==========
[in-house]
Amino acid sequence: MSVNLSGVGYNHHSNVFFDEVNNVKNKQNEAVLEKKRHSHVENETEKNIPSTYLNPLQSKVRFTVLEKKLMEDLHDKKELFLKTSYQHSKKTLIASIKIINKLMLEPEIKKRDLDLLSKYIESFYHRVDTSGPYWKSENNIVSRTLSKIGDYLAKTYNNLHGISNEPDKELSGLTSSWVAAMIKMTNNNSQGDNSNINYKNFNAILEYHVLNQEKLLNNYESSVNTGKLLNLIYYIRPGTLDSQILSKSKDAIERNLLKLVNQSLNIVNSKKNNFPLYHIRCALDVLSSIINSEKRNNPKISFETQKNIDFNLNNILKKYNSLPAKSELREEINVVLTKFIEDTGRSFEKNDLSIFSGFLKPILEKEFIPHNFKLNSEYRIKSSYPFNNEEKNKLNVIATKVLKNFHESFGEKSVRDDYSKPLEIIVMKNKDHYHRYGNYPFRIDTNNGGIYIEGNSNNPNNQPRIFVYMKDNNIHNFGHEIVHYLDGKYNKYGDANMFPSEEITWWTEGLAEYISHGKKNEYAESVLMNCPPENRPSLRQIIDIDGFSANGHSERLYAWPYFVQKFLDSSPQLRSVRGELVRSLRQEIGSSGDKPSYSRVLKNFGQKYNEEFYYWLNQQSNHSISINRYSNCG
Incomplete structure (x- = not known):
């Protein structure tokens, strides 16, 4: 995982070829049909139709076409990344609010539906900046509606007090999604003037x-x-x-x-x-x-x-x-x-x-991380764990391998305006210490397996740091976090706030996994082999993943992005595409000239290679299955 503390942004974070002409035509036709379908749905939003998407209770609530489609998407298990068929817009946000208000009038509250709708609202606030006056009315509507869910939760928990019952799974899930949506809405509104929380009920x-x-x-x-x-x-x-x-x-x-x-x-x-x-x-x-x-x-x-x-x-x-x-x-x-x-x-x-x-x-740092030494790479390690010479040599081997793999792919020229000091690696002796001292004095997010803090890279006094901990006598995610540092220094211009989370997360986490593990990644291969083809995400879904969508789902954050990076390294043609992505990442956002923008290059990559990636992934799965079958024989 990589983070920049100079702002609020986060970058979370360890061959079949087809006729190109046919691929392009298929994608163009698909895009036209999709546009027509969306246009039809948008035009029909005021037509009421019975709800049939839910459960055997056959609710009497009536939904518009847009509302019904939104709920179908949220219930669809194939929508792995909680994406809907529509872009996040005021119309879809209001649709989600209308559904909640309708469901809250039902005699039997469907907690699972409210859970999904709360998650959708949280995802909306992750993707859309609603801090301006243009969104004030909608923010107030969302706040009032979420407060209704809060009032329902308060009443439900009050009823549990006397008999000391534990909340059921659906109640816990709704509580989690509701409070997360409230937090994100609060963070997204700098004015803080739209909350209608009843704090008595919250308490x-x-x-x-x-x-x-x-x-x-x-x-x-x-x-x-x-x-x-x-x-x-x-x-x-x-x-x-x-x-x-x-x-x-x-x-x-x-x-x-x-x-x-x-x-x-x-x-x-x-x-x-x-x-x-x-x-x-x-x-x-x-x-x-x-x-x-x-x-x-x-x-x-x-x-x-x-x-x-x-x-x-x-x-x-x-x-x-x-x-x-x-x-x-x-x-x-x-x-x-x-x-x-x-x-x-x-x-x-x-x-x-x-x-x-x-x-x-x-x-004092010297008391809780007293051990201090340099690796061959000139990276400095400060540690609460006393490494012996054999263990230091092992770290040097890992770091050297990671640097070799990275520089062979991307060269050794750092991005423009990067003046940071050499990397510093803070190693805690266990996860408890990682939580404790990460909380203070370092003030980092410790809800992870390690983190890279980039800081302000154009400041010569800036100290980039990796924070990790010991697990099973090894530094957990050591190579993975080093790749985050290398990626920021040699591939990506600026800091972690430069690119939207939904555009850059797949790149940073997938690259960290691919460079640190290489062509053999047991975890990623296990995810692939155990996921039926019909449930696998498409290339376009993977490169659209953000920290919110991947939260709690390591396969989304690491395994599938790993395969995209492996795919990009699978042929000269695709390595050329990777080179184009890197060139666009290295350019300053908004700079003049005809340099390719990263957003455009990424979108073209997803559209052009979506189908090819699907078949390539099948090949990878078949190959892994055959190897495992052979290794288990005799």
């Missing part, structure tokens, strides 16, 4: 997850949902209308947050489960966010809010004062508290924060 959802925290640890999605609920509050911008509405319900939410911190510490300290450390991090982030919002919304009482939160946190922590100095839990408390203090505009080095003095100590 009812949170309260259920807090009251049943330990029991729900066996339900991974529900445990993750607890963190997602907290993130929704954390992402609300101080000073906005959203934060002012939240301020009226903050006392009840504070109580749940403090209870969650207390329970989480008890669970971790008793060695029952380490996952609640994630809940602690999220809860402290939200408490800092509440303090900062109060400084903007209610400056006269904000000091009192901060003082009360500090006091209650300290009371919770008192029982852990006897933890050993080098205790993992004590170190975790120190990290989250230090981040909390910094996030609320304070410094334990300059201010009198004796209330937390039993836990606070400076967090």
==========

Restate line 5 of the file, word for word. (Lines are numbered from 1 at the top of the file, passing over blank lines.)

């Missing part, structure tokens, strides 16, 4: 997850949902209308947050489960966010809010004062508290924060 959802925290640890999605609920509050911008509405319900939410911190510490300290450390991090982030919002919304009482939160946190922590100095839990408390203090505009080095003095100590 009812949170309260259920807090009251049943330990029991729900066996339900991974529900445990993750607890963190997602907290993130929704954390992402609300101080000073906005959203934060002012939240301020009226903050006392009840504070109580749940403090209870969650207390329970989480008890669970971790008793060695029952380490996952609640994630809940602690999220809860402290939200408490800092509440303090900062109060400084903007209610400056006269904000000091009192901060003082009360500090006091209650300290009371919770008192029982852990006897933890050993080098205790993992004590170190975790120190990290989250230090981040909390910094996030609320304070410094334990300059201010009198004796209330937390039993836990606070400076967090």